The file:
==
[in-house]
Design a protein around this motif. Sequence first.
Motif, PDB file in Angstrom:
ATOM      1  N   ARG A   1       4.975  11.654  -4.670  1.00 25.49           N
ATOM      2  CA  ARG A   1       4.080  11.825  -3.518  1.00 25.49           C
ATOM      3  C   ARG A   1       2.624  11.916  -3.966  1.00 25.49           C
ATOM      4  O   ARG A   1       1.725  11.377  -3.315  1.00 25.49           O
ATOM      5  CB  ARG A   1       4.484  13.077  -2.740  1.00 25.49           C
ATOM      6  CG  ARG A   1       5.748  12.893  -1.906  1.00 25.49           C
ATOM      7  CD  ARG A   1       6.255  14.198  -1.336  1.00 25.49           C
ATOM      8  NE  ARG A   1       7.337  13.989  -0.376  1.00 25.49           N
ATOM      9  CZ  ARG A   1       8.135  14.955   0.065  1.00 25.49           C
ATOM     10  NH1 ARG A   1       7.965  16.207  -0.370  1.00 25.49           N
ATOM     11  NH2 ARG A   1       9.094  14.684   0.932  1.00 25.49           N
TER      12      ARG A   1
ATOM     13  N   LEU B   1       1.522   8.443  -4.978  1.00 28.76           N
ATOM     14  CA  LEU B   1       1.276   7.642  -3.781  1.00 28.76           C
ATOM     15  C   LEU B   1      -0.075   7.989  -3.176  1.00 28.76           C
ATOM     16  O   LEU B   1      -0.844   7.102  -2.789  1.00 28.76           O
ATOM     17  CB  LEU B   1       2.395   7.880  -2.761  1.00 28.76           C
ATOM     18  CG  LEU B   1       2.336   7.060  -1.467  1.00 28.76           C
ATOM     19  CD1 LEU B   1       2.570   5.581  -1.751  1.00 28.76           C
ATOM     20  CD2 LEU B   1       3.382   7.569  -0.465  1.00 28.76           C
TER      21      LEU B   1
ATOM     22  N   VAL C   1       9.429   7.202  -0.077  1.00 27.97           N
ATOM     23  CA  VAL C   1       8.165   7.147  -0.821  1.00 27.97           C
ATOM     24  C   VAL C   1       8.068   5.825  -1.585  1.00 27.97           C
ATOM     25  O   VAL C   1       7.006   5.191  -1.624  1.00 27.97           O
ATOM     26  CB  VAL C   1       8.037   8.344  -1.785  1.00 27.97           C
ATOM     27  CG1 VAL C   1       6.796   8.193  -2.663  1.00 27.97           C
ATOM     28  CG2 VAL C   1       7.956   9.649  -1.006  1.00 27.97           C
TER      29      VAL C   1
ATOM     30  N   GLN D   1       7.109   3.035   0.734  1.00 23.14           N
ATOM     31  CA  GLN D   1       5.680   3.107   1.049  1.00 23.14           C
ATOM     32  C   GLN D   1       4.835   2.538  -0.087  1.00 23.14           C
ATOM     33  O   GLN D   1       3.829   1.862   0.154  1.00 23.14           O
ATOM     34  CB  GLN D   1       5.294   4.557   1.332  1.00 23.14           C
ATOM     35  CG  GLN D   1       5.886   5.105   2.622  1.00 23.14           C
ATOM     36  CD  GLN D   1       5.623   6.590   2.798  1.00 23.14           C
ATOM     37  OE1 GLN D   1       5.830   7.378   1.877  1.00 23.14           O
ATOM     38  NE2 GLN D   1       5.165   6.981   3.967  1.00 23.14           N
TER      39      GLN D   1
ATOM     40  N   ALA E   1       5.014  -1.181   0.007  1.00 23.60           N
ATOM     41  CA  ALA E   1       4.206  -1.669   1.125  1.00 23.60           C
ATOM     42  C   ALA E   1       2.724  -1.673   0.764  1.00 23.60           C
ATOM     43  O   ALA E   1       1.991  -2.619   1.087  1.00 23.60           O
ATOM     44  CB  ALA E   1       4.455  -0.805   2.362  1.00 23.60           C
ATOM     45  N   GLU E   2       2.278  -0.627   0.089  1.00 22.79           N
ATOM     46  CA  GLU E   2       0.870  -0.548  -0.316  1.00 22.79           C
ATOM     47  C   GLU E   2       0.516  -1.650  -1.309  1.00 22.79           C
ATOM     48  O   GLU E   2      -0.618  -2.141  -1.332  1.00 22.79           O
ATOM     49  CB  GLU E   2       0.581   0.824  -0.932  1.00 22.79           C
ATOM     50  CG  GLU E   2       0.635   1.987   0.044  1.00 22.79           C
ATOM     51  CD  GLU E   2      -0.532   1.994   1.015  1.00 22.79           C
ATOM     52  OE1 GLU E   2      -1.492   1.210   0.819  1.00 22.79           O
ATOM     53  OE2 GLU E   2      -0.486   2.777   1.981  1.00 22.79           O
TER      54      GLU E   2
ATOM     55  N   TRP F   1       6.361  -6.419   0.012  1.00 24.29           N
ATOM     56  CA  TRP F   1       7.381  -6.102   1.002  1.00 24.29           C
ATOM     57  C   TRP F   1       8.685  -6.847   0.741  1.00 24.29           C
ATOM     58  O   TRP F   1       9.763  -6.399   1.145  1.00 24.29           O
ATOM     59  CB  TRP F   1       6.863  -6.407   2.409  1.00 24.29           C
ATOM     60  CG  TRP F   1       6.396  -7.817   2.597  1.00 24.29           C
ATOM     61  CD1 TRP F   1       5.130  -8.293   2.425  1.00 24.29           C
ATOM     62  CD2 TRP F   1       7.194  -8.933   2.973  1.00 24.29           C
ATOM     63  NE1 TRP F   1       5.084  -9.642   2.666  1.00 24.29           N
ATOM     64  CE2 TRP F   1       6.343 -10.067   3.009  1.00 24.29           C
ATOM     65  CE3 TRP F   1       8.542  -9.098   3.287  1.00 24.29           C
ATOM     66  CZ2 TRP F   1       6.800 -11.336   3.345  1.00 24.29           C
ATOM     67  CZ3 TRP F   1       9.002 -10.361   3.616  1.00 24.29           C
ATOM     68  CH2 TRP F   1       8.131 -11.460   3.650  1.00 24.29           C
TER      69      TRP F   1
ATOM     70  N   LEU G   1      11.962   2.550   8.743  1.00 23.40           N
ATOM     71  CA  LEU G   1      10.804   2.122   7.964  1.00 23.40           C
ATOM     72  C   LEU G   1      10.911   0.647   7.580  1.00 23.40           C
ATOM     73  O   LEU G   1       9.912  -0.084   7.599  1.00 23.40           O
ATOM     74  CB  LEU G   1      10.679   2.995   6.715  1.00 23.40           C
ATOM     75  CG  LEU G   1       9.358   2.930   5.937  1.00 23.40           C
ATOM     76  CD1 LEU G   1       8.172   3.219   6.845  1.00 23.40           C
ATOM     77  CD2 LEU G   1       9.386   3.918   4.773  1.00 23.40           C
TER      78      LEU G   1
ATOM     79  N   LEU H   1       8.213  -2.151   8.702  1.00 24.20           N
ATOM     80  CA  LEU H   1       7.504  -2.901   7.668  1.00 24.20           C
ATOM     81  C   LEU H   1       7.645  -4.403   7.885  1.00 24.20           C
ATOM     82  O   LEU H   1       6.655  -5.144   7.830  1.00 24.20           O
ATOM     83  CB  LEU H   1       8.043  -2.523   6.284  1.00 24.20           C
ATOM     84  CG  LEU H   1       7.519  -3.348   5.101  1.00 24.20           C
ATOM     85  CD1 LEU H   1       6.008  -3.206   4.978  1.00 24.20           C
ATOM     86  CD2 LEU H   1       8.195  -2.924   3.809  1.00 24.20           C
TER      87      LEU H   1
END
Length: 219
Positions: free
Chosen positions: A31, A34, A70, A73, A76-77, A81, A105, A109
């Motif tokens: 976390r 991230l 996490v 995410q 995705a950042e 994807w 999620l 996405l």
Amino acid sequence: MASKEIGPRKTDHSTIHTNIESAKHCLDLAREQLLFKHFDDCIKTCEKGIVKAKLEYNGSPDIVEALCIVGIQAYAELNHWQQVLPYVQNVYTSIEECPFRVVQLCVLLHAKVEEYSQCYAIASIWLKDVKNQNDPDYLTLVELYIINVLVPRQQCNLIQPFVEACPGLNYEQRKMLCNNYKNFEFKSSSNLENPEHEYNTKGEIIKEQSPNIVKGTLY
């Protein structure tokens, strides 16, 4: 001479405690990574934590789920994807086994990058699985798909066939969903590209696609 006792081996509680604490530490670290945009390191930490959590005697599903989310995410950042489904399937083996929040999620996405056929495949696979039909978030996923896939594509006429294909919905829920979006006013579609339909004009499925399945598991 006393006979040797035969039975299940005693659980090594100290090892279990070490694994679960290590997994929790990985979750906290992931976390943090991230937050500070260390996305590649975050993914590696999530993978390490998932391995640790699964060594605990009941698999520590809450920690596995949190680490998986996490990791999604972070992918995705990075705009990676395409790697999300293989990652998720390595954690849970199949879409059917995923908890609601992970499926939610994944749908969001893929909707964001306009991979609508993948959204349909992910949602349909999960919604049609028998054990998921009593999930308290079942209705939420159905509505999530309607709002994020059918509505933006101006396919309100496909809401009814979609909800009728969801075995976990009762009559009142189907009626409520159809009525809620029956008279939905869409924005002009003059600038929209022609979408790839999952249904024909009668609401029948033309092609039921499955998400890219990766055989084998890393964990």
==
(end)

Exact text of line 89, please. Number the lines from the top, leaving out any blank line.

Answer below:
ATOM     86  CD2 LEU H   1       8.195  -2.924   3.809  1.00 24.20           C